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Wednesday, February 16, 2005

Recommended Reading: Praying the Scriptures by Christopher Hayden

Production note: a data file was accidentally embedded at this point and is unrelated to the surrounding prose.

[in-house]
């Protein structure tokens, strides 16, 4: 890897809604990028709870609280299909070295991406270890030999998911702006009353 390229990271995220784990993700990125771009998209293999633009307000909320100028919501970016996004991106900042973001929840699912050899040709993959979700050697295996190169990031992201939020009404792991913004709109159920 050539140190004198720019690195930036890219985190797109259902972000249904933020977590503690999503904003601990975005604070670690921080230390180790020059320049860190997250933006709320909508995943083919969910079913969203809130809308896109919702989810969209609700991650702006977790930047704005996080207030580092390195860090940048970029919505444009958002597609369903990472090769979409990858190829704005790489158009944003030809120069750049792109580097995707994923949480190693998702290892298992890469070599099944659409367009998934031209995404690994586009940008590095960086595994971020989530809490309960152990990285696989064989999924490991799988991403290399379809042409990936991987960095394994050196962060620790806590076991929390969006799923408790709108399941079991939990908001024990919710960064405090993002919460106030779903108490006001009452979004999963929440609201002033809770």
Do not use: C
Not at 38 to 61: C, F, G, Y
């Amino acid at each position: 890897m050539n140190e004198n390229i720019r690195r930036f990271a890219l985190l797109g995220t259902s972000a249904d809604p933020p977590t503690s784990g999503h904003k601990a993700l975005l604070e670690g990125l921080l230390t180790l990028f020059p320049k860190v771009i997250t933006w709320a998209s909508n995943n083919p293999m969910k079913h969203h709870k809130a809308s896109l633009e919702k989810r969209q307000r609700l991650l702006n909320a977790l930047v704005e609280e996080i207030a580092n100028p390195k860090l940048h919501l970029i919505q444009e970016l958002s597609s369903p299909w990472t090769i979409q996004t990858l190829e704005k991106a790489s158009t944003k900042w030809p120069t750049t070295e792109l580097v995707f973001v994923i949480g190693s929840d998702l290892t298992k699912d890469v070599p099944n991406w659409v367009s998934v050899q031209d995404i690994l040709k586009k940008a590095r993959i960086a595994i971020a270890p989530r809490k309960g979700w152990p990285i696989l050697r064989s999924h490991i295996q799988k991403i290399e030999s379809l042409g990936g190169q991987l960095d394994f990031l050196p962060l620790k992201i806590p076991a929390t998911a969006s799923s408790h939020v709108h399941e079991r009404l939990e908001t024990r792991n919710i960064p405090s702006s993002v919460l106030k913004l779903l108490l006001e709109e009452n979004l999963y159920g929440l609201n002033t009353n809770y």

I've only gone 1/3 into the book, but I love what I've read so far. I hope to practice the lectio divina from now on (as soon as I've mastered it, that is). That roughly translates to divine reading, but it also means a few other things, such as gathering or collecting from the divine, as the author explains. He stresses that Scripture is an invitation to us. It is God speaking to us, reflected by the many invitations to listen: shema!. This verb is "one of the most frequently recurring in the entire Bible." The author goes on to say that it doesn't end here. "The end is prayer, a relationship with God, growth in discipleship." Early in the book, the author stresses that prayer is relationship with God. A good relationship requires a great deal of listening - for us! A relationship is fundamentally doomed if the parties are only interested in hearing their own voices. I can also relate as a father: how frustrating it must be for God the Father when we are bawling in misery over some apparent catastrophe, when it is precisely at that time when we should quiet down and listen to Him, because He just wants to make it all better. There are other things that constitute a good relationship, too. Sharing a meal is a common way to do this, and praise God, He provided us with such a one as befits His divinity: The Eucharist, the communion with the body and blood of Christ. It is a physical intimacy that is unique to the Eucharist. It reflects the Lamb's supper, with its beautiful vision given to us in the book of Revelations. The Eucharist is prayer. The highest form of prayer, Catholics are taught, is the celebration of the Eucharist, for it is a very serious relationship. It is a communion: The chalice of benediction which we bless, is it not the communion of the blood of Christ? And the bread which we break, is it not the partaking of the body of the Lord? For we, being many, are one bread, one body: all that partake of one bread. (1 Cor 10:16-17) That makes the Eucharist an all-in-one package, too, for it not only makes us one with Christ, it also makes us one with all the saints, as all Christians were referred to back then. One of the best articles I've read that explains this was this article by James Cardinal Gibbons. I'm amazed that what started out as a post on Scripture and prayer ends here with some texts on the Eucharist, but perhaps that is not so strange. If prayer is about relationship, then we can expect that there's more to it than Scripture. While Scripture is everything that Christians proclaim and more, i.e., inspired, revealed, profitable, God is so much more than can be put down into writing. While his revelation starts with Scripture, it doesn't end there. It ends in a relationship with us, for He is not only the teacher of Truth, He is Father, Son and Paraclete. Note: text emphasis above are mine.

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